Does worrying always hurt us? Read More
This highlights the either/or mindset that many people tend to live by and additionally proves its inadequacies.
As we tend to think of worrying/anxiety as bad then we want to get rid of it and replace it with something that makes us feel good - but if you can get to a place whereby the worry is giving us a message and subsequently a possible requirement to act upon that message then worry/anxiety can be very useful and highly informative. The fact that the worry/anxiety exist doesn't necessarily prevent you from taking any action, but can motivate you into taking action in order to prevent or steer away from the thing that you are worrying about coming into fruition.
Rather than referring to the emotions as chronic (which implies 'bad') somebody who is highly sensitive to their emotions can also have a wider range of feeling capabilities. Of course this is where people will say you're too sensitive, too anxious, too emotional etc etc, because the emotions and feelings that they experience are more limited and hence they have no understanding of how somebody could feel distraught by the same situation that barely concerns them.
'Results also indicated that people in the studies were generally unaware of the influence emotion was having on their performance.'
Sadly this is unsurprising - most people's awareness of their 'self' is pretty basic and bordering on the robotic - if people could feel the pain and anguish that I can feel in certain situations, and other highly sensitive and empathic people can feel, then I think things would change on a global level very very quickly. If a soldier could feel the dying pangs of an 'enemy' they have just shot it would very likely make them reconsider killing.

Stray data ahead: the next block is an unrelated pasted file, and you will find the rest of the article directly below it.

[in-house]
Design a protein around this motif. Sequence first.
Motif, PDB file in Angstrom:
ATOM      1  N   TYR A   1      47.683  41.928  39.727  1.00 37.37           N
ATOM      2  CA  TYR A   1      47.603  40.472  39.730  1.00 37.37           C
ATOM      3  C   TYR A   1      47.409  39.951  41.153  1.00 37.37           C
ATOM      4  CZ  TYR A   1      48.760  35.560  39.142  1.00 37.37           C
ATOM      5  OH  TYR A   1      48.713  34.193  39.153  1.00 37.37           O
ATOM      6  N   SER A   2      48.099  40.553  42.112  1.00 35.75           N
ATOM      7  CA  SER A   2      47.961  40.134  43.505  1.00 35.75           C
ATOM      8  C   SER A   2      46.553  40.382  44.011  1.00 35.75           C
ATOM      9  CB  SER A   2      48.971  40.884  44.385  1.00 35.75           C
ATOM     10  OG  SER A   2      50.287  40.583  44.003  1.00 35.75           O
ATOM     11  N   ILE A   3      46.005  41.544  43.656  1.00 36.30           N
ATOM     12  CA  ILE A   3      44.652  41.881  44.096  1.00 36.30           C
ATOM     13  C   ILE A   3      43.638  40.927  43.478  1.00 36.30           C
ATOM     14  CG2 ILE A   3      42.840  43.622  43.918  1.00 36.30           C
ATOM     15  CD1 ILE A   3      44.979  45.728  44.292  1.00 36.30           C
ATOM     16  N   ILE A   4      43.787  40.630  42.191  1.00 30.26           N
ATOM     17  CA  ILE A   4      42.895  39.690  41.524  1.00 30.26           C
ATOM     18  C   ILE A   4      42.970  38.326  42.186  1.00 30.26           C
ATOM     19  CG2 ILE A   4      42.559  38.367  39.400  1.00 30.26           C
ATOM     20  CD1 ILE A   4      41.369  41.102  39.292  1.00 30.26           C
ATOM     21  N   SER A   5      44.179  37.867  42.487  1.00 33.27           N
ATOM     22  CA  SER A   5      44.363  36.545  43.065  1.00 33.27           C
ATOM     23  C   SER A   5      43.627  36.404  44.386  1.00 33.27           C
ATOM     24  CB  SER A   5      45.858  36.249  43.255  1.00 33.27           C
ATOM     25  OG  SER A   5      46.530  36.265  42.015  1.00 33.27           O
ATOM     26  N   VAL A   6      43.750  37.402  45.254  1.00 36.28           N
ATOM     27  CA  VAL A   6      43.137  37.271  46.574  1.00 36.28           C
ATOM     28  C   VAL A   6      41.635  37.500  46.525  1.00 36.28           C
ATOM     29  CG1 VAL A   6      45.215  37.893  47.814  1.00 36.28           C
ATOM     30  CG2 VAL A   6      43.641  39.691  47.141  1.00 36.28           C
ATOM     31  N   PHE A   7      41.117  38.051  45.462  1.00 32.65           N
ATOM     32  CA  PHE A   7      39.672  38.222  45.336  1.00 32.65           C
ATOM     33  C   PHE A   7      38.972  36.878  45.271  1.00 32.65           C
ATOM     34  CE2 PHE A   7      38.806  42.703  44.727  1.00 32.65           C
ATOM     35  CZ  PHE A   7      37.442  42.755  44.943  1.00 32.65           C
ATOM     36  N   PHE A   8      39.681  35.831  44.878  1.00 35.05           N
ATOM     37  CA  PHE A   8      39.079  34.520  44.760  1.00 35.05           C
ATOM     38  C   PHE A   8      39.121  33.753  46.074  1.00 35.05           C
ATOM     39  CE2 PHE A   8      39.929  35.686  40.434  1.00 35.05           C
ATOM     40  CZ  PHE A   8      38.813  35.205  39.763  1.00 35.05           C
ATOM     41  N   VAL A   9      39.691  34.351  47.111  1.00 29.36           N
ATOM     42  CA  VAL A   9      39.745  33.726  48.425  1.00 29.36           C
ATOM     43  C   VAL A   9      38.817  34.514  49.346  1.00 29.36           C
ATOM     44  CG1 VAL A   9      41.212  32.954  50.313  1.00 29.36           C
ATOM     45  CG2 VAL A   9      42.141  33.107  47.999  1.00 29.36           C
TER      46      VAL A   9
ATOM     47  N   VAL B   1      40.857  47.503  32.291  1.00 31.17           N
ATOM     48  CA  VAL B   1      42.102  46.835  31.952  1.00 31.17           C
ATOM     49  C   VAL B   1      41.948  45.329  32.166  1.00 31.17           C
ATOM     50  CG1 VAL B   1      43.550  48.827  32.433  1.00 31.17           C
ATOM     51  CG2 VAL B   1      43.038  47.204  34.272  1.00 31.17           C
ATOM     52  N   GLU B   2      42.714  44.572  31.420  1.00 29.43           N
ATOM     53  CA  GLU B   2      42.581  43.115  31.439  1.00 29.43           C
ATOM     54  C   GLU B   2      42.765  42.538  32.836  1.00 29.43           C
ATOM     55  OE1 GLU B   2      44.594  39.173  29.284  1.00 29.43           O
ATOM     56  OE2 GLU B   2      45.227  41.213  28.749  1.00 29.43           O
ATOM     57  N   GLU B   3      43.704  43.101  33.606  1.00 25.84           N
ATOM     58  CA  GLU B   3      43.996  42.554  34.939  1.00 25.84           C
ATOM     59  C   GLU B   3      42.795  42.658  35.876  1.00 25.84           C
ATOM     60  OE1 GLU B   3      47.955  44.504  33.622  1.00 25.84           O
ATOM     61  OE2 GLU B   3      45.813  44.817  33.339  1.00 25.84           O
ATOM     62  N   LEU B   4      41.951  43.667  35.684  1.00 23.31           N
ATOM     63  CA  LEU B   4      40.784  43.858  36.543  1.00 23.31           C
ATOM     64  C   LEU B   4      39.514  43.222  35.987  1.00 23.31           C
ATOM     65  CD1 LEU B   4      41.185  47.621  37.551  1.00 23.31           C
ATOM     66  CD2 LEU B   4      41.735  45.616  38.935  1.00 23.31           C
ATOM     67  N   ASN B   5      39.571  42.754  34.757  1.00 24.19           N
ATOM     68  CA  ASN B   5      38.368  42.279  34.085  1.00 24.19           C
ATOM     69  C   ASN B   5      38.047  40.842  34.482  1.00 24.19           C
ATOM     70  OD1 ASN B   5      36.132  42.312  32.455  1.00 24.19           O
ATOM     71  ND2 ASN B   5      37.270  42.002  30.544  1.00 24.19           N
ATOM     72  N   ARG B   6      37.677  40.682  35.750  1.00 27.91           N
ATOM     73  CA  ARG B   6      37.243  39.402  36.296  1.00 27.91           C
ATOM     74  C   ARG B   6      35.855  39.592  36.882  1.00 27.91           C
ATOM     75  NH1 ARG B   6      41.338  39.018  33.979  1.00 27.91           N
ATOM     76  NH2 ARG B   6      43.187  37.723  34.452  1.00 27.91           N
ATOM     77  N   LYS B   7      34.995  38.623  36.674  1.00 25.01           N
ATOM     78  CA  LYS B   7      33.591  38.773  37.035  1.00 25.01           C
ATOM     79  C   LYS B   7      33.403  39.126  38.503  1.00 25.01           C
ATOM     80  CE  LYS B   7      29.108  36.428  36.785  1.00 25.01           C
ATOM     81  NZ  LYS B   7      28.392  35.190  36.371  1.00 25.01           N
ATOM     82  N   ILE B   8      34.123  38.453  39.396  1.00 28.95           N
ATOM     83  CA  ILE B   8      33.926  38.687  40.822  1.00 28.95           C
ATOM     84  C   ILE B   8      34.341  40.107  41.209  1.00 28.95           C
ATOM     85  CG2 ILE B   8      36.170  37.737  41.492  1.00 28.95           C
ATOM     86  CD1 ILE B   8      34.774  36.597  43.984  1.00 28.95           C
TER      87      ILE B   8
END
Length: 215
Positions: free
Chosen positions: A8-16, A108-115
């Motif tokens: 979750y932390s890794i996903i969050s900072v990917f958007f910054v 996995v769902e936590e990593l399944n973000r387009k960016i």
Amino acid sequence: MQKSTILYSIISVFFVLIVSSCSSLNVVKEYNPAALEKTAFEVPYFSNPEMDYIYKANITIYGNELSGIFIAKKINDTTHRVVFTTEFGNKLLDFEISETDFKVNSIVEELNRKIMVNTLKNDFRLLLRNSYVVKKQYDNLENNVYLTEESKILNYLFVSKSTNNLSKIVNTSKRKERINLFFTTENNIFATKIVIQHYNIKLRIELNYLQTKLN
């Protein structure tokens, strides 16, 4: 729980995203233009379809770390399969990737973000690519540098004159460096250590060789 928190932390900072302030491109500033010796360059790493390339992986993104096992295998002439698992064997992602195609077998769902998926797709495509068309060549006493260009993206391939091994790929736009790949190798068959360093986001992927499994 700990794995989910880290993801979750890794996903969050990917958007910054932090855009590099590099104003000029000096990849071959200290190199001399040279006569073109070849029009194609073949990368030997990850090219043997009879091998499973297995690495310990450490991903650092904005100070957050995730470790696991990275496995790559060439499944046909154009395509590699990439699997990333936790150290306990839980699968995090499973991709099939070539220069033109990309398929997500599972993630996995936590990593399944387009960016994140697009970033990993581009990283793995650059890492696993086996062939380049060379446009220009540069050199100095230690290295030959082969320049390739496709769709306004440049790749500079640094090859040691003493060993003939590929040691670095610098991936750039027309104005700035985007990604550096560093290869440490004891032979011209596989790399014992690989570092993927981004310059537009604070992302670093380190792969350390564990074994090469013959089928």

The difficulty lies in ones perception of 'worry'. If it is aligned with anxiety then its effectiveness is limited to the fight or flight response. If it is aligned with covering all the bases in a situation it is rational until becoming obsessive. We then need to address the underlying obsession disorder and the 'worry' is irrelevant.
The author correctly identifies emotions as 'feelings' but then attempts to give credence to cognitive function formed by them. In reality such function is merely an interpretation based upon ones belief system. As the belief system is always flawed then the resultant cognition will be flawed too.'Neuroticism' is a condition that warrants attention and cannot be considered a personal trait, to do so is to minimize a serious problem and ignore its underlying origin. The determination and resolution of such origin is a major aspect of psychotherapy.
One is also better to avoid the use of the words 'good and bad' and 'positive and negative' as they are extremely subjective parts of ones belief system and not accurate reflections of reality (I will add that chronic in no way implies bad as suggested).
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Nathan Heflick completed his Ph.D. in social psychology at The University of South Florida.
Who says marriage is where desire goes to die?